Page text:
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Search continues for missing plane in Idaho

By Keith McCord | Posted - Dec. 5, 2013 at 8:15 p.m.


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VALLEY COUNTY, Idaho — A small plane has been missing since Sunday, and searchers are struggling to find it in the brutal cold.

Passengers on the plane were last heard from when the pilot reported engine trouble in the remote mountains northeast of Boise last Sunday. Search crews reported hearing an emergency locator beacon on Tuesday, but they haven't heard it since.

The search area was expanded Thursday with more equipment in the air and on the ground. The search has been a multi-state effort in the air and on the ground scouring the wilderness not far from the remote community of Yellow Pine, Idaho. While the weather was clear today, the search conditions remain extremely cold and rugged.

"It's been a couple days now," said Rand Kriech, a colleague of Dale Smith, the pilot of plane. "So the longer this goes on, the more worrisome it gets. But we're still hopeful."

Kriech, who along with Dale Smith, co-founded a high tech company in San Jose, California.

Smith, his son and wife, as well as his daughter and fiancé had celebrated Thanksgiving in Oregon. The plane then left for Butte, Montana on Sunday but has not been seen since Smith reported engine trouble.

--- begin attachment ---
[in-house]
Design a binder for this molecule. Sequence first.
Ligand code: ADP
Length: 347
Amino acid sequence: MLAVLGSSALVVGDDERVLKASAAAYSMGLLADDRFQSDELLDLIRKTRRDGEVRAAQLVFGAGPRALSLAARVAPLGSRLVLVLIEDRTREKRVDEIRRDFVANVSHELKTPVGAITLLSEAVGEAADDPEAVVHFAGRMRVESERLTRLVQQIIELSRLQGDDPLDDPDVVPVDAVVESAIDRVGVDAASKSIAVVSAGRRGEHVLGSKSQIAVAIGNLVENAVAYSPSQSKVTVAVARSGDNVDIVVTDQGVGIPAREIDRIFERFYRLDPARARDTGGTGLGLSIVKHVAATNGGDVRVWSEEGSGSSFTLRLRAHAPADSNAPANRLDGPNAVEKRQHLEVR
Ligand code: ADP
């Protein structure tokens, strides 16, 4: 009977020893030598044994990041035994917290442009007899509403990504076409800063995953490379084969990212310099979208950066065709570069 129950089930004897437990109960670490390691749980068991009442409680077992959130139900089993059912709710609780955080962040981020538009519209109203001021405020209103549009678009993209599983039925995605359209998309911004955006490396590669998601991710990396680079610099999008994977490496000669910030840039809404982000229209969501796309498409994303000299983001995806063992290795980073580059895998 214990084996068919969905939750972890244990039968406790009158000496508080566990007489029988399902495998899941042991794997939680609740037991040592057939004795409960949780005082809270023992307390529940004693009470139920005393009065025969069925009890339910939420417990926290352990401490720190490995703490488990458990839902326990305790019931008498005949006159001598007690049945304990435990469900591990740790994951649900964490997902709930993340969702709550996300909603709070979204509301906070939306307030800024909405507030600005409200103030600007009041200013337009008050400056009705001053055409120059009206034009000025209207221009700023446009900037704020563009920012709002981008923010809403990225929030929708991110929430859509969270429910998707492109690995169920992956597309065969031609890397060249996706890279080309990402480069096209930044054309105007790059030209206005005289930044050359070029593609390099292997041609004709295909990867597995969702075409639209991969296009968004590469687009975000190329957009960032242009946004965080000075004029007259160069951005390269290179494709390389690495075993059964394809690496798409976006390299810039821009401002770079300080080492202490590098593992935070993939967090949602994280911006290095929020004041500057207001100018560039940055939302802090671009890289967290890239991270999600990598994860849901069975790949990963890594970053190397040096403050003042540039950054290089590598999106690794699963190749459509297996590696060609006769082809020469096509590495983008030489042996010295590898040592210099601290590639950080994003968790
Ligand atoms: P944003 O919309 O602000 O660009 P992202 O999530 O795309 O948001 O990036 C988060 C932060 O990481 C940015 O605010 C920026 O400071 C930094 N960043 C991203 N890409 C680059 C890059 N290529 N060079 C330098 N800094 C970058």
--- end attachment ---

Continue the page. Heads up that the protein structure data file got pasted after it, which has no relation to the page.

Major Jason Hess is the Director of Operations with the Utah Civil Air Patrol. He's been in contact with searchers in Idaho, and will respond immediately with additional planes and pilots if the call comes in. He said the Idaho search is more difficult because pilots aren't flying in a traditional flat grid pattern.

"So it changes the way we execute our search patterns, typically to a terrain following our contour based search or in canyon type searches, we'll fly to the top of a canyon and fly down the draw on either side," Hess said.

Dale Smith's last radio contact was with Salt Lake air controllers when he asked for coordinates to this landing strip. His wife told relatives in Utah that the family is praying that if the plane landed, those on board have found shelter.

"It did come up that this place is pretty remote and there are people who are far more remote, and are remote enough to have a cabin and their own airstrip," said Dale Smith relative, Rich Nelson. "So that's one of the threads of hope is maybe they made it there."

The Utah Wing of the Civil Air Patrol has nine planes with as many as 25 pilots and additional ground staff who can respond if needed. The search was called off for the night and will resume Friday morning.

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